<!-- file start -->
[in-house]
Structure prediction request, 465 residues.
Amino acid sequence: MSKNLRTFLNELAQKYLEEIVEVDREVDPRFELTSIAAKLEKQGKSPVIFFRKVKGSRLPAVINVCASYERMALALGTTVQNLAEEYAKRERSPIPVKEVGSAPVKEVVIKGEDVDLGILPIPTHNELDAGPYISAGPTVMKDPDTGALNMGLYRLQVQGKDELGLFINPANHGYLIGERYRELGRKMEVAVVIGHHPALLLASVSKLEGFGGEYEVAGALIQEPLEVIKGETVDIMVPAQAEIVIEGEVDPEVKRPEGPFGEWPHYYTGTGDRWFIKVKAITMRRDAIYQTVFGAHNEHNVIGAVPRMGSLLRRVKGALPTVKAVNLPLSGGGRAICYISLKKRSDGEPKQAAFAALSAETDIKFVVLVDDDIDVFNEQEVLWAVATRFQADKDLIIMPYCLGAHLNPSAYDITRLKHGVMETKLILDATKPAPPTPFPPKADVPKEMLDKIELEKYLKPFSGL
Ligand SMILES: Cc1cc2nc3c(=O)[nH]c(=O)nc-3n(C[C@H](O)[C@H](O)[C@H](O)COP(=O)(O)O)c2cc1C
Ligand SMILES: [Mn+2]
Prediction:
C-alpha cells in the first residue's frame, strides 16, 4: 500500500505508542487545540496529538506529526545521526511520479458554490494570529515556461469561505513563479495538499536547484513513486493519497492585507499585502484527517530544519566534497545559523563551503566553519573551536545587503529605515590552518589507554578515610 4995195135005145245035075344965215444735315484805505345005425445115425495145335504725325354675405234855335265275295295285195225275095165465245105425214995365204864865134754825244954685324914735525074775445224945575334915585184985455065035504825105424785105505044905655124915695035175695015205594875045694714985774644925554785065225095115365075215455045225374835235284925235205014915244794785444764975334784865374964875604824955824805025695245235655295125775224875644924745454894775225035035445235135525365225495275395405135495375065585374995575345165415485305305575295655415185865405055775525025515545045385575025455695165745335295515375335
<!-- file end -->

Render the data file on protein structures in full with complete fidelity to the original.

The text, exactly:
[in-house]
Structure prediction request, 465 residues.
Amino acid sequence: MSKNLRTFLNELAQKYLEEIVEVDREVDPRFELTSIAAKLEKQGKSPVIFFRKVKGSRLPAVINVCASYERMALALGTTVQNLAEEYAKRERSPIPVKEVGSAPVKEVVIKGEDVDLGILPIPTHNELDAGPYISAGPTVMKDPDTGALNMGLYRLQVQGKDELGLFINPANHGYLIGERYRELGRKMEVAVVIGHHPALLLASVSKLEGFGGEYEVAGALIQEPLEVIKGETVDIMVPAQAEIVIEGEVDPEVKRPEGPFGEWPHYYTGTGDRWFIKVKAITMRRDAIYQTVFGAHNEHNVIGAVPRMGSLLRRVKGALPTVKAVNLPLSGGGRAICYISLKKRSDGEPKQAAFAALSAETDIKFVVLVDDDIDVFNEQEVLWAVATRFQADKDLIIMPYCLGAHLNPSAYDITRLKHGVMETKLILDATKPAPPTPFPPKADVPKEMLDKIELEKYLKPFSGL
Ligand SMILES: Cc1cc2nc3c(=O)[nH]c(=O)nc-3n(C[C@H](O)[C@H](O)[C@H](O)COP(=O)(O)O)c2cc1C
Ligand SMILES: [Mn+2]
Prediction:
C-alpha cells in the first residue's frame, strides 16, 4: 500500500505508542487545540496529538506529526545521526511520479458554490494570529515556461469561505513563479495538499536547484513513486493519497492585507499585502484527517530544519566534497545559523563551503566553519573551536545587503529605515590552518589507554578515610 4995195135005145245035075344965215444735315484805505345005425445115425495145335504725325354675405234855335265275295295285195225275095165465245105425214995365204864865134754825244954685324914735525074775445224945575334915585184985455065035504825105424785105505044905655124915695035175695015205594875045694714985774644925554785065225095115365075215455045225374835235284925235205014915244794785444764975334784865374964875604824955824805025695245235655295125775224875644924745454894775225035035445235135525365225495275395405135495375065585374995575345165415485305305575295655415185865405055775525025515545045385575025455695165745335295515375335